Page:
The Use of Safety and Risk Assessment in Child Protection Cases - Ohio

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Safety Assessment

Citation: Admin. Code § 5101:2-37-01; JFS 01401, § 2

The public children services agency (PCSA) shall complete the 'Comprehensive Assessment Planning Model, Safety Assessment' in the statewide automated child welfare information system (SACWIS) for all the intrafamilial child abuse and neglect reports.

The PCSA shall complete the safety assessment with the family of the alleged child victim. 'Family' includes all the following individuals, as applicable:

  • The alleged child victim
  • The siblings of the alleged child victim, including step- or half-siblings residing in the home
  • The parents, guardian, or custodian of the alleged child victim
  • The paramour of the custodial parent who is residing in the home
  • Any children of the paramour residing in the home
  • Other children residing in the home of whom the parent, guardian, or custodian has custody or guardianship
  • A related or unrelated adult residing in the home who has routine responsibility for the care of the alleged child victim and his or her siblings

The PCSA shall document the assessment of safety threats, past history, child vulnerability, and family protective capacities on the safety assessment tool to determine the safety response.

The PCSA shall, at a minimum, conduct a face-to-face interview with each alleged child victim and at least one parent, guardian, or custodian or a caregiver having routine responsibility for the care of the alleged child victim report within the first 4 working days from the date the report was screened in as a child abuse, neglect, or dependency report to assess the safety of the child and record it on the safety assessment.

The specific safety factors listed in the assessment instrument include the following:

  • A child has received serious, inflicted, physical harm.
  • The caregiver has not, cannot, or will not protect the child from potential serious harm, including from other persons having access to the child.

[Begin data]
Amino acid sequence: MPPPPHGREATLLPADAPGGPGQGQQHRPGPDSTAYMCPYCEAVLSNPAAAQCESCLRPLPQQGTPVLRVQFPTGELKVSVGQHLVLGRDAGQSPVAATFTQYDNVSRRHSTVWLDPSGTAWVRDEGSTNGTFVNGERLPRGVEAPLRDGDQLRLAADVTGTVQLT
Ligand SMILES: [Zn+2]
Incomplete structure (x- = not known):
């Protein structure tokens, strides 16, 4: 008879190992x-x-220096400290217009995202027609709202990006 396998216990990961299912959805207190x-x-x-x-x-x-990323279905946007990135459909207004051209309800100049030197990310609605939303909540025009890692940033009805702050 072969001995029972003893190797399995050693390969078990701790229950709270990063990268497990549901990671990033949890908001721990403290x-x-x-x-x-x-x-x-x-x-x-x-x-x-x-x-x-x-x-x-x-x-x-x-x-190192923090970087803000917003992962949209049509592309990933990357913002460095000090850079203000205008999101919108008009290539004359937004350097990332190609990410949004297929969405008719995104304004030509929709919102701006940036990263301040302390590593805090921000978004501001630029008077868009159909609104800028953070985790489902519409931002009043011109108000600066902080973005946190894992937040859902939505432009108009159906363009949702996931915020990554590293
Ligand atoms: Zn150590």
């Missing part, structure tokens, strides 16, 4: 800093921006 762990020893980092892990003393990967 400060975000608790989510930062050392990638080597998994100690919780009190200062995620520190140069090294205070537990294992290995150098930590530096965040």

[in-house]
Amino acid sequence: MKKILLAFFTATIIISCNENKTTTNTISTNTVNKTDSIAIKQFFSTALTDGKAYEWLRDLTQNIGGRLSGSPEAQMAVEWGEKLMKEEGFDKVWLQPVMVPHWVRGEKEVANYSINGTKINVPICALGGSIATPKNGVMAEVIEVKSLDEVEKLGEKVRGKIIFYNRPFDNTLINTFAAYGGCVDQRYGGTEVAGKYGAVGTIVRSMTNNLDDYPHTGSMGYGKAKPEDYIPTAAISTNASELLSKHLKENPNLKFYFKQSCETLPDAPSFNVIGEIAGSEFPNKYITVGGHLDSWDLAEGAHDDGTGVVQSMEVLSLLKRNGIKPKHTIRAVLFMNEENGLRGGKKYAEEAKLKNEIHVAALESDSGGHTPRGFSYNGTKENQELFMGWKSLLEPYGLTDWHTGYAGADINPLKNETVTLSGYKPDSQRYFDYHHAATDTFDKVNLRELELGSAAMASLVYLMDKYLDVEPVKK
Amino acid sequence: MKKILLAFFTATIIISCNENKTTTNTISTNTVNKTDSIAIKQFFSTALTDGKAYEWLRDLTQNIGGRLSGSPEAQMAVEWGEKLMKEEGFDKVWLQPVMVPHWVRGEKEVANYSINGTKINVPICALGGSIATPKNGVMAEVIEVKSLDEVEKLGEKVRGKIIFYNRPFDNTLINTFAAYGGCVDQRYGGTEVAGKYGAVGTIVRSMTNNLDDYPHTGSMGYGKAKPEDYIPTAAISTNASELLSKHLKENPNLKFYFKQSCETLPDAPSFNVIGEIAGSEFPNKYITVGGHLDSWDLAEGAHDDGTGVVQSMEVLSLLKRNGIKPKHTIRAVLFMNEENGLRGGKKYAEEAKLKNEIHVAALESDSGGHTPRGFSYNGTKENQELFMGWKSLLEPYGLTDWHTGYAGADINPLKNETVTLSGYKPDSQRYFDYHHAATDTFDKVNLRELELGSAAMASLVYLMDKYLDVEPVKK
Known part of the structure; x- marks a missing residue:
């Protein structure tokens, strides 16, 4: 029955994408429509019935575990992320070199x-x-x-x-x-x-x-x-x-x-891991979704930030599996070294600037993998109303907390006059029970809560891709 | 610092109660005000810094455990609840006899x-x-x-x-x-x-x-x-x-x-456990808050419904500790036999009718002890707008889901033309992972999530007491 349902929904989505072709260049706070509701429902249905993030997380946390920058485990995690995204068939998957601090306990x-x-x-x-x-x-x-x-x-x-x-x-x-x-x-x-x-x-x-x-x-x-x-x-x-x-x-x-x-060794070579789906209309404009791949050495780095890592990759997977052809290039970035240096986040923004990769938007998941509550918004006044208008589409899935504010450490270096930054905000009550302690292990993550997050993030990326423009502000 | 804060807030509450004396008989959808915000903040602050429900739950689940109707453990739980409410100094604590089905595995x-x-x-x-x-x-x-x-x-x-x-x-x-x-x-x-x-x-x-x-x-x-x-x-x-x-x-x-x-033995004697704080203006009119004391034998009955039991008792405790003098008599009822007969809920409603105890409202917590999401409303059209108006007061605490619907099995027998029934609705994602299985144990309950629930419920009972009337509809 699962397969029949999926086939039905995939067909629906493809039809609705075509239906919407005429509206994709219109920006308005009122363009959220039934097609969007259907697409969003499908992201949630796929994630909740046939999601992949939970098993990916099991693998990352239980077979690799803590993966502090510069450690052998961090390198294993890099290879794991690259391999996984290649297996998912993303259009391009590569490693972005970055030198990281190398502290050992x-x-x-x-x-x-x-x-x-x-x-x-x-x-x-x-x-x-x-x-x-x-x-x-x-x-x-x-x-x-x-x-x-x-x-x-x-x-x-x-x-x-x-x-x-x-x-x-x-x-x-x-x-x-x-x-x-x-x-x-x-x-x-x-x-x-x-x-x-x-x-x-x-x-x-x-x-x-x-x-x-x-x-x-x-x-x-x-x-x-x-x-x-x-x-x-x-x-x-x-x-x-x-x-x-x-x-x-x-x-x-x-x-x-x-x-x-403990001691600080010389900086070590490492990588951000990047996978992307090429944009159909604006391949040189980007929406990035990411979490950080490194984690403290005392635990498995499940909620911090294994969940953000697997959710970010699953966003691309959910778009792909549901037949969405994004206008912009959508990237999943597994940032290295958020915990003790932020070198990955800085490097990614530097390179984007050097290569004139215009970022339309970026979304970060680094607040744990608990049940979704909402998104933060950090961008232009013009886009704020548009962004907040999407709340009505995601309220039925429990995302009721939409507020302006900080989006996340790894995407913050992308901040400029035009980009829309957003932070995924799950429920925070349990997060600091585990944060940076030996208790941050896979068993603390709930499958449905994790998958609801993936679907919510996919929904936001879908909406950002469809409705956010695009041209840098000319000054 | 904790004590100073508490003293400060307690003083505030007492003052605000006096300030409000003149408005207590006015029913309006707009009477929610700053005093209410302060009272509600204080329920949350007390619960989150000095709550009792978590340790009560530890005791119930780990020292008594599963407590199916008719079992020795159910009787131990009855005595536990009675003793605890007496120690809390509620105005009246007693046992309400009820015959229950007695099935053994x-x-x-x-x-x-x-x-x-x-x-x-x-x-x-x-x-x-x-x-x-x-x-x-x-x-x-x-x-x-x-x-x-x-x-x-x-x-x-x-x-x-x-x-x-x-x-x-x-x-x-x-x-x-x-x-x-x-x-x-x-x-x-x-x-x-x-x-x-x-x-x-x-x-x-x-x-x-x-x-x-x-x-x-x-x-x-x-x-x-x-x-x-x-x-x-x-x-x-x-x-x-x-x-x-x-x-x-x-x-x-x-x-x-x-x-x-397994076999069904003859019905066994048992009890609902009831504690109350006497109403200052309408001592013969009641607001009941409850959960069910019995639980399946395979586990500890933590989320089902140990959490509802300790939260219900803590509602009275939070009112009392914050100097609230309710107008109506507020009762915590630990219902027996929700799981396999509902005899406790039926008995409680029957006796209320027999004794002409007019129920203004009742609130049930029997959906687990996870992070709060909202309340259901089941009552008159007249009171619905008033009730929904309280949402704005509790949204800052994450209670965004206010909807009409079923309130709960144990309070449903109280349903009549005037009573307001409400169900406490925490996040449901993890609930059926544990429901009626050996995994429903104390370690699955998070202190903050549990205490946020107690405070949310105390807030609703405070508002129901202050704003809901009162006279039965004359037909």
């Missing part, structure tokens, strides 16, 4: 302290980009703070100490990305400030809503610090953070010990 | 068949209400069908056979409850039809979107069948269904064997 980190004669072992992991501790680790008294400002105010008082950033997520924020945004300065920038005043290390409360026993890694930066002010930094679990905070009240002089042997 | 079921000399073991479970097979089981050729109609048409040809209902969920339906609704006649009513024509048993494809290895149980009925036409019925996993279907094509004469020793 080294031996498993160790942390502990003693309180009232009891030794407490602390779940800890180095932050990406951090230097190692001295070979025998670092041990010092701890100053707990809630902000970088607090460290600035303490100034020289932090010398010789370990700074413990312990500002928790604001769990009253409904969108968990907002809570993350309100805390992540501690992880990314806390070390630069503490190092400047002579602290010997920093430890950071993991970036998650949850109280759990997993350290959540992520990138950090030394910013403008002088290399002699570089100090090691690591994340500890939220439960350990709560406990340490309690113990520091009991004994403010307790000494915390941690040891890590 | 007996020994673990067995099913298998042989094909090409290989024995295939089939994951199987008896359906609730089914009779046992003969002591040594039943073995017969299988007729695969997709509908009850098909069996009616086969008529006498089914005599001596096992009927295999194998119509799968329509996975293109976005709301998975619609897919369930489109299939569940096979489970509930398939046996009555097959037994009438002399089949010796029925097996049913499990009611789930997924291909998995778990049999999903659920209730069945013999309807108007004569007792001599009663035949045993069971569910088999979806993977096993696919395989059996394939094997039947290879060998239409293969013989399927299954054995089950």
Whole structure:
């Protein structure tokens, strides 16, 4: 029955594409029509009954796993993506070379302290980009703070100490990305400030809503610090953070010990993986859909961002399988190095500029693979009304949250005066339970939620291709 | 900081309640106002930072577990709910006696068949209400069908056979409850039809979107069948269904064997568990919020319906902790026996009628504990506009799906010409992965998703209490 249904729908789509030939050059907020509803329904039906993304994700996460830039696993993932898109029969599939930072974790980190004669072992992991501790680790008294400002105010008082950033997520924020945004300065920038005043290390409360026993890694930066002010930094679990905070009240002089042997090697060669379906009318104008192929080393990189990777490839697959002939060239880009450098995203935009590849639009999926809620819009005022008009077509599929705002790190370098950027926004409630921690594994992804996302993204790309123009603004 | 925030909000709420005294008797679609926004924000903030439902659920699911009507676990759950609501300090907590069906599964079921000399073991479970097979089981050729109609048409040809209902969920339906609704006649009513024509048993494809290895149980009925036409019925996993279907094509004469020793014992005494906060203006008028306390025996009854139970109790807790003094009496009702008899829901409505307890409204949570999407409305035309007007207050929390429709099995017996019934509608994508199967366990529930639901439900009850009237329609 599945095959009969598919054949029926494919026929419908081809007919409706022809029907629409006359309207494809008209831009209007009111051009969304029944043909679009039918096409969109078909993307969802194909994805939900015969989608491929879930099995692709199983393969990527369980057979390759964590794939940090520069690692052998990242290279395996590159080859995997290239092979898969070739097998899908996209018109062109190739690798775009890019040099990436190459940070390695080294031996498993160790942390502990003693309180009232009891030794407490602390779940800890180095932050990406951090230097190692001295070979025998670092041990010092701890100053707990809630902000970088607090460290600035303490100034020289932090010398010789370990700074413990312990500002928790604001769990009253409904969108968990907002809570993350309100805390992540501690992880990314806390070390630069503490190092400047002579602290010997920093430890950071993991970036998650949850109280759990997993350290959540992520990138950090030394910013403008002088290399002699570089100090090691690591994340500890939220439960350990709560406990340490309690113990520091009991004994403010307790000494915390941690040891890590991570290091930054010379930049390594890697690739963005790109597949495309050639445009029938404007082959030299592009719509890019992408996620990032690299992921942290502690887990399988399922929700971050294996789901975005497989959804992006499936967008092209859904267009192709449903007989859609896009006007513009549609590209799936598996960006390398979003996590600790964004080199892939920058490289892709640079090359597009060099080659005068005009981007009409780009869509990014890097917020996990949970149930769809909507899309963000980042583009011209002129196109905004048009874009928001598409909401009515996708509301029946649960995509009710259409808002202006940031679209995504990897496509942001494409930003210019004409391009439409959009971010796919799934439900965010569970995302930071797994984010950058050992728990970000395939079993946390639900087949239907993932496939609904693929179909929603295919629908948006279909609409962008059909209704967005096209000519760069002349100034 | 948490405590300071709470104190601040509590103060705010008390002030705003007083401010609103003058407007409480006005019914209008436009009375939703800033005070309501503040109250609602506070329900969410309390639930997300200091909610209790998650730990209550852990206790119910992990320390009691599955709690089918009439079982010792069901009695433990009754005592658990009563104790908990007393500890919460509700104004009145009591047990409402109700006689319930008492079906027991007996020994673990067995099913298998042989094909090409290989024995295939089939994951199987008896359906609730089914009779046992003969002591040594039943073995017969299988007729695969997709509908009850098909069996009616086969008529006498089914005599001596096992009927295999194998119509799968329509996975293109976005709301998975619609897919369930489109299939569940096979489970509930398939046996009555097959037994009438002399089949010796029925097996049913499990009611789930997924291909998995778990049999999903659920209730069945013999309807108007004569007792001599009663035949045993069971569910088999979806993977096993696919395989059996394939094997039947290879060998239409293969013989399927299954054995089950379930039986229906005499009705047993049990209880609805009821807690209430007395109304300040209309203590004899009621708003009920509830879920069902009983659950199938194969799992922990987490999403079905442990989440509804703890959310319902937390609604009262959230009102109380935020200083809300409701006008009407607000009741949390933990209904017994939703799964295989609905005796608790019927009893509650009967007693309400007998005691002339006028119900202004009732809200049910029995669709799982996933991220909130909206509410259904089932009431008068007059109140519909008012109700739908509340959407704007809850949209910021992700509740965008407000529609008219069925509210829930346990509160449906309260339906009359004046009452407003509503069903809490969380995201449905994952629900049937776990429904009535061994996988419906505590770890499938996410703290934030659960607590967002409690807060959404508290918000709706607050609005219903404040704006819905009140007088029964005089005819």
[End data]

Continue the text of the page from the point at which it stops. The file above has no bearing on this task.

• The caregiver or other person having access to the child has made a credible threat that would result in serious harm to the child.
  • The behavior of any family member or other person having access to the child is violent and/or out of control.
  • Acts of family violence pose an immediate and serious physical and/or emotional danger to the child.
  • Drug and/or alcohol use by any family member or other person having access to the child suggests the child is in immediate danger of serious harm.
  • The behavior of any family member or other person having access to the child is symptomatic of mental or physical illness that suggests the child is in immediate danger of serious harm.
  • The caregiver is unwilling or unable to meet the child's immediate needs for sufficient supervision, food, clothing, and/or shelter to protect the child from immediate danger of serious harm.
  • Household environmental hazards suggest that the child is in immediate danger of serious harm.
  • Any family member or other person having access to the child describes or acts toward the child in predominantly or extremely negative terms and/or has extremely unrealistic expectations of the child.
  • The family refuses access to the child or there is reason to believe the family will flee.
  • The caregiver has an unconvincing or insufficient explanation for the child's serious injury or physical condition.
  • The caregiver is unwilling or unable to meet the child's immediate and serious physical or mental health needs.
  • Child sexual abuse and/or sexual exploitation is suspected, and circumstances suggest that the child may be in immediate danger of serious harm.

Safety Decisions and Safety Planning

Citation: Admin. Code § 5101:2-37-02; JFS 01401, § 6

The PCSA shall immediately develop and implement a safety plan if the PCSA determines a child is in immediate danger of serious harm due to an active safety threat.